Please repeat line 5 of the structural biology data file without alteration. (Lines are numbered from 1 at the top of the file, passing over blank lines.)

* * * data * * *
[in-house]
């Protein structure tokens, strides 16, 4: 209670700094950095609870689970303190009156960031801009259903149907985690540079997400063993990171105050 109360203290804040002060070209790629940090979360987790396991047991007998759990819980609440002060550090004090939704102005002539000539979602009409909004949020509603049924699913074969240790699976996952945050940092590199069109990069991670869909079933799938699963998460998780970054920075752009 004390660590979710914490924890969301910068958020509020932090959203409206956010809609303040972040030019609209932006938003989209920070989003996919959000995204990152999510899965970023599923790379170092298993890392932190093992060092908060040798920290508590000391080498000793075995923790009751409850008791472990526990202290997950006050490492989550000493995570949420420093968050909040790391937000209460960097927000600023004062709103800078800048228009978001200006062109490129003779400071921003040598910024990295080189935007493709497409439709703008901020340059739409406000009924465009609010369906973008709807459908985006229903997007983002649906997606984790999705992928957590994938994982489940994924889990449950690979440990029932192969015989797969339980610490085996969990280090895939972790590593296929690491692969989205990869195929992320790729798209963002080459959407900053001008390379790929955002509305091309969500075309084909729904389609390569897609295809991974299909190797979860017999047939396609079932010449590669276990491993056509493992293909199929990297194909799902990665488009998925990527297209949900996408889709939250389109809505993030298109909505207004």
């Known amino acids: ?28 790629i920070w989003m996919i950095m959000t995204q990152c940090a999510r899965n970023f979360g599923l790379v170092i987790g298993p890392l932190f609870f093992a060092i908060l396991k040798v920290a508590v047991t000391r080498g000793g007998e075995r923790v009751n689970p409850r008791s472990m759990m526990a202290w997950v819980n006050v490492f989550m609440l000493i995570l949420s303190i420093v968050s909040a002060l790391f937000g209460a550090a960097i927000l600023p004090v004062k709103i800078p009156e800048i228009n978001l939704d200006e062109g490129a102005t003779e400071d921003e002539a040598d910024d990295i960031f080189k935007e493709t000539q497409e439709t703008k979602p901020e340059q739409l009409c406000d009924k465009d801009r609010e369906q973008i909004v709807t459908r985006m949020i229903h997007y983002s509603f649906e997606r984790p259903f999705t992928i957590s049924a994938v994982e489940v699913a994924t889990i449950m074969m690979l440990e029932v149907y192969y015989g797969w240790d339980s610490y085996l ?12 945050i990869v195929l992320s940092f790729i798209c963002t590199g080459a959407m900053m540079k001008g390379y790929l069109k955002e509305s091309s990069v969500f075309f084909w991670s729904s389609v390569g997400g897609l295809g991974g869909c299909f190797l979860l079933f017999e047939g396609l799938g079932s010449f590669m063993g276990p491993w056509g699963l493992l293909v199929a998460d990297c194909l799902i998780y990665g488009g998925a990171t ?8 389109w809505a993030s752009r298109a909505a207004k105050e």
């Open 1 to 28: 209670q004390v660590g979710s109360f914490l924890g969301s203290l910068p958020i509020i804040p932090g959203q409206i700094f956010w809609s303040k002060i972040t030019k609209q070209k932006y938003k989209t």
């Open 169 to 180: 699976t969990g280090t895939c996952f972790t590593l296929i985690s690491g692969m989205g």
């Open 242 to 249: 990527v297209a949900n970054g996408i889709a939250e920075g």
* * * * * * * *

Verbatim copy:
């Open 169 to 180: 699976t969990g280090t895939c996952f972790t590593l296929i985690s690491g692969m989205g």